The Keystone XL expansion would build additional pipeline through Montana, South Dakota and Nebraska before joining up with existing Keystone pipeline infrastructure. It would then extend south of the existing pipeline to continue through Oklahoma and as far south as Houston, Texas. The delay is intended to examine possible alternate routes that might have less environmental impact. Environmentalists are fighting to stop the pipeline from being built in the Ogallala Aquifer of the Sandhills area in Nebraska, citing a concern about the impact of an oil spill there.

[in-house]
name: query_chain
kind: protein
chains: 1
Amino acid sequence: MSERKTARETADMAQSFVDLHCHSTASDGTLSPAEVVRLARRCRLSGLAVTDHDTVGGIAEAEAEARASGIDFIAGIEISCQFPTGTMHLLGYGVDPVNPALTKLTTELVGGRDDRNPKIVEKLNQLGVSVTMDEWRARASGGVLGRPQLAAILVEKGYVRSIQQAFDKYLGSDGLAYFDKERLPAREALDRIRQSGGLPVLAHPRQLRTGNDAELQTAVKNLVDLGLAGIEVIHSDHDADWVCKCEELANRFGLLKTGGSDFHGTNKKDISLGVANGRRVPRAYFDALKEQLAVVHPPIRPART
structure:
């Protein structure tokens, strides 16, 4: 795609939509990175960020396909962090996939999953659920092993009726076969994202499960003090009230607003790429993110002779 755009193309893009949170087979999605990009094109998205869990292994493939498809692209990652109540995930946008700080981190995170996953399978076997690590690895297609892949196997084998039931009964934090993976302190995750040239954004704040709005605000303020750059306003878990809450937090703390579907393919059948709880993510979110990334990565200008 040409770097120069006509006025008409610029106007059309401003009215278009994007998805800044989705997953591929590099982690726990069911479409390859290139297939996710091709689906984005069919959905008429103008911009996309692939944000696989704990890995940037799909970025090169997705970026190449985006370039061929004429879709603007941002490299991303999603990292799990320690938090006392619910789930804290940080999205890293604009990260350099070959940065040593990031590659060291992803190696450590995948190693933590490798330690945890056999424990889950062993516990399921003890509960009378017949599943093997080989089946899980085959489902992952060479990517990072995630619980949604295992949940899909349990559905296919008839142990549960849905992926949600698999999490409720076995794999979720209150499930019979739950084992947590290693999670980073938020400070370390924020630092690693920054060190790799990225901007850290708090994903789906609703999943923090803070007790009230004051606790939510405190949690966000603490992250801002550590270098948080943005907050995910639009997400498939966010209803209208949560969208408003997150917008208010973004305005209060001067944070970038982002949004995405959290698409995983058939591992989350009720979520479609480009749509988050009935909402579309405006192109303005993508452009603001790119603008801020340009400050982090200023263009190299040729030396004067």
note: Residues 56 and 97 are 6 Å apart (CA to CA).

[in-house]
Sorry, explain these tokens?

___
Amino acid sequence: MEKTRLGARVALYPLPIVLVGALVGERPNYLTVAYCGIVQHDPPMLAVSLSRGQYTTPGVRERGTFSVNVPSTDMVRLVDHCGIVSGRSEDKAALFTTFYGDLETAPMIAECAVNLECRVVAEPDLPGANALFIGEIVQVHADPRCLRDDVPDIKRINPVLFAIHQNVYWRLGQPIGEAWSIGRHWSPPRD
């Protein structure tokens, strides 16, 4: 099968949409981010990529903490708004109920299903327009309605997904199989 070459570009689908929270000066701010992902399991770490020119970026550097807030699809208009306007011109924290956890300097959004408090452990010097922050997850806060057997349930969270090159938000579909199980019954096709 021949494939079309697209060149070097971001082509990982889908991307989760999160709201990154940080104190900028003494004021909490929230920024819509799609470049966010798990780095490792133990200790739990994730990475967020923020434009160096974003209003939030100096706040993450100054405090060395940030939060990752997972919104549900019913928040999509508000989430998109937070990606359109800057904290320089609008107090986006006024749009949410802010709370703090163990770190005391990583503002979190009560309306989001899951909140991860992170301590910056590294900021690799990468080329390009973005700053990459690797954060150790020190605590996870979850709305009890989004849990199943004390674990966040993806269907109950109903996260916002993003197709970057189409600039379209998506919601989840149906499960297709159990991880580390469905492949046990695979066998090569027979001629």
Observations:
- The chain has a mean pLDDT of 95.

An alternate route could completely bypass this trouble area and avoid the risk of an oil spill in a major water source. Currently, control over the project is in federal hands, but Nebraska is pushing for legislation to allow them more of a say in how the pipeline is constructed through the state. Senator Ken Haar of Nebraska has proposed a bill that would create exclusion zones where pipe greater than eight inches in diameter could not be laid, helping to keep the pipeline out of the Sandhills and other areas.
Whatever the intentions behind the delay, taking more time to examine possibilities is a good thing when it comes to the health of our environment.